Ultimately, I think there are two really two central themes. The first is about how, really, nobody has it together. Fleabag feels like she has no idea how to live a good life, a worthy life, and weeps that she wishes someone could just tell her how to do it right. But really when you look at everyone else in the series, they’re not much better off. Her dad is really not sure he’s making the right decision marrying the godmother. The priest… well he has his issues. Even highly successful Claire feels like an abject failure as she contemplates her disastrous marriage and the fact that her giant office makes her feel nothing.
And then, there’s that whole new-and-impossible love thing. Is there anything more wonderfully agonizing than being freshly in love with a person who almost certainly loves you back, but there are, well, barriers? Is there anything more perfect than those early moments, when all you want to do is climb under each other’s skin, before you succumb to the tedium of shared housework, shared utility bills, and a shared toilet?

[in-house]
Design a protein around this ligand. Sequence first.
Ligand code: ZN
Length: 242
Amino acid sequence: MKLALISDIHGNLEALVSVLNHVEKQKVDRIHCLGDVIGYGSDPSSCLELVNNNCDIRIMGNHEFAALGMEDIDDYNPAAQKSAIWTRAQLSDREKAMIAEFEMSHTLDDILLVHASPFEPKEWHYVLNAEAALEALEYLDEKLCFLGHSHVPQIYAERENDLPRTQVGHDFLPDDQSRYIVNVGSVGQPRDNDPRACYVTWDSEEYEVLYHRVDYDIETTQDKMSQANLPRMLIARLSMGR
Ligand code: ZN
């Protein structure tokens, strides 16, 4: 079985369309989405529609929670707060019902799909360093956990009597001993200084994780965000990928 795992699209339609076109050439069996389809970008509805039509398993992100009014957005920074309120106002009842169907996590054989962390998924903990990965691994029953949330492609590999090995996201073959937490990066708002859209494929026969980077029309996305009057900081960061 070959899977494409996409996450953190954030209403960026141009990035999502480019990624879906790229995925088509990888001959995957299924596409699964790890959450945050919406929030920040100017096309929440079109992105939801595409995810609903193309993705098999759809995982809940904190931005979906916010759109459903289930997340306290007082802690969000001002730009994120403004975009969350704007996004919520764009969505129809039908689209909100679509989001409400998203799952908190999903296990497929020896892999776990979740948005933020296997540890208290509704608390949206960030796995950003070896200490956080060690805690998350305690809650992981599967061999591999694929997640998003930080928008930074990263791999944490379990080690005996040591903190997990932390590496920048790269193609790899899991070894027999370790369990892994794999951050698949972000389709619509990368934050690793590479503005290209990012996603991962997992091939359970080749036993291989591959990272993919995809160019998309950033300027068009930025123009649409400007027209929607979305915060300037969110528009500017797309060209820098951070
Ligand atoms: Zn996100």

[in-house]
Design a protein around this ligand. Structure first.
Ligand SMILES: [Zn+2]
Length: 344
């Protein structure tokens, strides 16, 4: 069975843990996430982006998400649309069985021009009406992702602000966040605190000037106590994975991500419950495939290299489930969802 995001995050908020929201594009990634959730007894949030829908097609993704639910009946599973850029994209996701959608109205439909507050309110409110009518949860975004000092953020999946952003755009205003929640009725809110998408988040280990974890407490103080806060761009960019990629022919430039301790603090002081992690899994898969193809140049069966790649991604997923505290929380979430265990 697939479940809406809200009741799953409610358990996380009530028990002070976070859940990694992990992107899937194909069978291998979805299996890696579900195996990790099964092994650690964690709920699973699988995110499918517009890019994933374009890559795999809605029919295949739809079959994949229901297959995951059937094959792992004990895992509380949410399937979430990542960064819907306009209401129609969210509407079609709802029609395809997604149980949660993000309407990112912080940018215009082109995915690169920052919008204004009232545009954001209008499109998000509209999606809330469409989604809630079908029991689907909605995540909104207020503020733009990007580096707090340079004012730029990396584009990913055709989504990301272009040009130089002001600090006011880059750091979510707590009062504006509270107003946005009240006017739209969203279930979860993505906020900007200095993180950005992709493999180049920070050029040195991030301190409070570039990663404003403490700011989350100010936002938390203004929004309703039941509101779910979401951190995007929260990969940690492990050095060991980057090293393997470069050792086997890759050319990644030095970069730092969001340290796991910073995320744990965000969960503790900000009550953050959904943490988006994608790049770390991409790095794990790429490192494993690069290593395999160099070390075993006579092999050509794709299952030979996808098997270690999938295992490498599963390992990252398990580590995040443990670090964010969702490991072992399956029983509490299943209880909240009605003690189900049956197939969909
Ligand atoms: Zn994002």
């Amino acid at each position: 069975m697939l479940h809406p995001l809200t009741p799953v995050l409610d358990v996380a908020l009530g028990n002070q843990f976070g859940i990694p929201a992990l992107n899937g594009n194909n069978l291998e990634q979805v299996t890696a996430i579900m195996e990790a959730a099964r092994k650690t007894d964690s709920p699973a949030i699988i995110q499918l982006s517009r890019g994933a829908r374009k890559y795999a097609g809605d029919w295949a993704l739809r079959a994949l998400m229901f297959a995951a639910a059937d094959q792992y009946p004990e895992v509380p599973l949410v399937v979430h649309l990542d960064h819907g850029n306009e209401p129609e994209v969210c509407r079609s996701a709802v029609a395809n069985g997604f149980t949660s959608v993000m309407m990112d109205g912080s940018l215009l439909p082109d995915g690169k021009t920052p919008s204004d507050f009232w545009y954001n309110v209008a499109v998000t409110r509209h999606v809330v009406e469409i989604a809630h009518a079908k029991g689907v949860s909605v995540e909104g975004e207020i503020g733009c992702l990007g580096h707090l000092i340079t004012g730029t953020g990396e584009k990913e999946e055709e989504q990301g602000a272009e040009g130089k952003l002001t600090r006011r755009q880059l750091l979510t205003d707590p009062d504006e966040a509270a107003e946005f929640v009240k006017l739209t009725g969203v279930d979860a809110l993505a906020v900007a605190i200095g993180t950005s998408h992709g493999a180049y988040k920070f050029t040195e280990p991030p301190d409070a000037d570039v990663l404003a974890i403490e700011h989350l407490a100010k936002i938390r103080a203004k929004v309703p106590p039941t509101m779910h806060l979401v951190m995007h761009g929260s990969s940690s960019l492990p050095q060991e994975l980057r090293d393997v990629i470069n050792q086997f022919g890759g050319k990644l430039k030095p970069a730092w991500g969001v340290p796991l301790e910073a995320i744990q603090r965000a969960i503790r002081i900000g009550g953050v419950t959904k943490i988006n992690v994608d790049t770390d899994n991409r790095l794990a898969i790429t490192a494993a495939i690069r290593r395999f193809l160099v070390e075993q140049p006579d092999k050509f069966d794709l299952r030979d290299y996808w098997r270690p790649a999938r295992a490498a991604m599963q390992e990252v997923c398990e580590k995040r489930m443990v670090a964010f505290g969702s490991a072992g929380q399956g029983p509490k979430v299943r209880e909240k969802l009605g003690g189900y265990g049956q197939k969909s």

Hello from the other side of menopause
Kirsten Scott Thomas has a cameo where her character talks to Fleabag about the pain of being a young woman, and the relief of finding oneself on the other side of the menopause, free of the trappings of one’s reproductive organs. The only thing, she laments, is that nobody flirts with her anymore. These days, she never walks into a busy room anticipating a possible spark with a stranger. Fleabag offers her something of a pity-flirt, but Thomas’s character declines. She’d rather go have a quiet martini in her room she says, and then get a good night’s sleep.
This is the arc of the story. The pain of being young: it hurts so good, and we miss it so once it’s gone. But also, we’ll be relieved to adjourn to our quiet rooms, our peaceful lives.
In a month where there have been endings that were perhaps less than satisfactory, Fleabag 2 ends perfectly. Waller-Bridge does not think there will be a third season: she’s a rising star, has other kites to fly, and other scripts to write. And that’s really okay. It ends at exactly the right time, and in exactly the right way, and nothing more need be said.